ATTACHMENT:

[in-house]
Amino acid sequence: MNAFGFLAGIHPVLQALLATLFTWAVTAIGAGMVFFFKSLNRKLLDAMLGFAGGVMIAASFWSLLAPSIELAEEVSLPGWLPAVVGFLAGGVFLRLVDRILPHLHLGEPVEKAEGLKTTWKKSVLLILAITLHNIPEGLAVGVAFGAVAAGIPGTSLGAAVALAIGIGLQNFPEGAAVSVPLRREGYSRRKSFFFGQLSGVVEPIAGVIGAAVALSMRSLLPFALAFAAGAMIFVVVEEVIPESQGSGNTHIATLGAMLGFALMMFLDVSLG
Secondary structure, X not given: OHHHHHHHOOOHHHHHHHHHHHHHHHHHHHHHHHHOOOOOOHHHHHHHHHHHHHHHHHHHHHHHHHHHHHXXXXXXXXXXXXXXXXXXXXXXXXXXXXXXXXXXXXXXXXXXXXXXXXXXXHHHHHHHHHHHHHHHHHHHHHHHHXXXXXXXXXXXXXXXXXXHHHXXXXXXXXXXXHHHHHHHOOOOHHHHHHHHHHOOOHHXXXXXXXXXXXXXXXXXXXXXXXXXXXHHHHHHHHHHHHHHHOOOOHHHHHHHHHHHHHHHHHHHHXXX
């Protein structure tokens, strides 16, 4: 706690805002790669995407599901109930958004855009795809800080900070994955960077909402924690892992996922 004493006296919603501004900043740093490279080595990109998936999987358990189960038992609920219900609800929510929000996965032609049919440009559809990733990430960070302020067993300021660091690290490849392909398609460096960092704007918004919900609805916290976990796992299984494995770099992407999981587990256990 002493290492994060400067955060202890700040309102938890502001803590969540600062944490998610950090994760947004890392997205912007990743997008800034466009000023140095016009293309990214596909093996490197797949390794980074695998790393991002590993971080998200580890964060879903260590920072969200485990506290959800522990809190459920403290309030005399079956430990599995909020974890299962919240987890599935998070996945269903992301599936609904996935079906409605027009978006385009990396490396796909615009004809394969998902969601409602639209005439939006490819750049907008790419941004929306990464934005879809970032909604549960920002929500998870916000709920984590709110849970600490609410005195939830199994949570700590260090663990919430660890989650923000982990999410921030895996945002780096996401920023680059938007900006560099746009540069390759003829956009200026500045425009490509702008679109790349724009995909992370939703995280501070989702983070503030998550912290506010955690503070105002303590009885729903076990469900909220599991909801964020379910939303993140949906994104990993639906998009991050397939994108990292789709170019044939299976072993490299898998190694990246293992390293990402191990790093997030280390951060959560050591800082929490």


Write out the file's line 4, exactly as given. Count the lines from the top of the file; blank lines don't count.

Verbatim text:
């Protein structure tokens, strides 16, 4: 706690805002790669995407599901109930958004855009795809800080900070994955960077909402924690892992996922 004493006296919603501004900043740093490279080595990109998936999987358990189960038992609920219900609800929510929000996965032609049919440009559809990733990430960070302020067993300021660091690290490849392909398609460096960092704007918004919900609805916290976990796992299984494995770099992407999981587990256990 002493290492994060400067955060202890700040309102938890502001803590969540600062944490998610950090994760947004890392997205912007990743997008800034466009000023140095016009293309990214596909093996490197797949390794980074695998790393991002590993971080998200580890964060879903260590920072969200485990506290959800522990809190459920403290309030005399079956430990599995909020974890299962919240987890599935998070996945269903992301599936609904996935079906409605027009978006385009990396490396796909615009004809394969998902969601409602639209005439939006490819750049907008790419941004929306990464934005879809970032909604549960920002929500998870916000709920984590709110849970600490609410005195939830199994949570700590260090663990919430660890989650923000982990999410921030895996945002780096996401920023680059938007900006560099746009540069390759003829956009200026500045425009490509702008679109790349724009995909992370939703995280501070989702983070503030998550912290506010955690503070105002303590009885729903076990469900909220599991909801964020379910939303993140949906994104990993639906998009991050397939994108990292789709170019044939299976072993490299898998190694990246293992390293990402191990790093997030280390951060959560050591800082929490």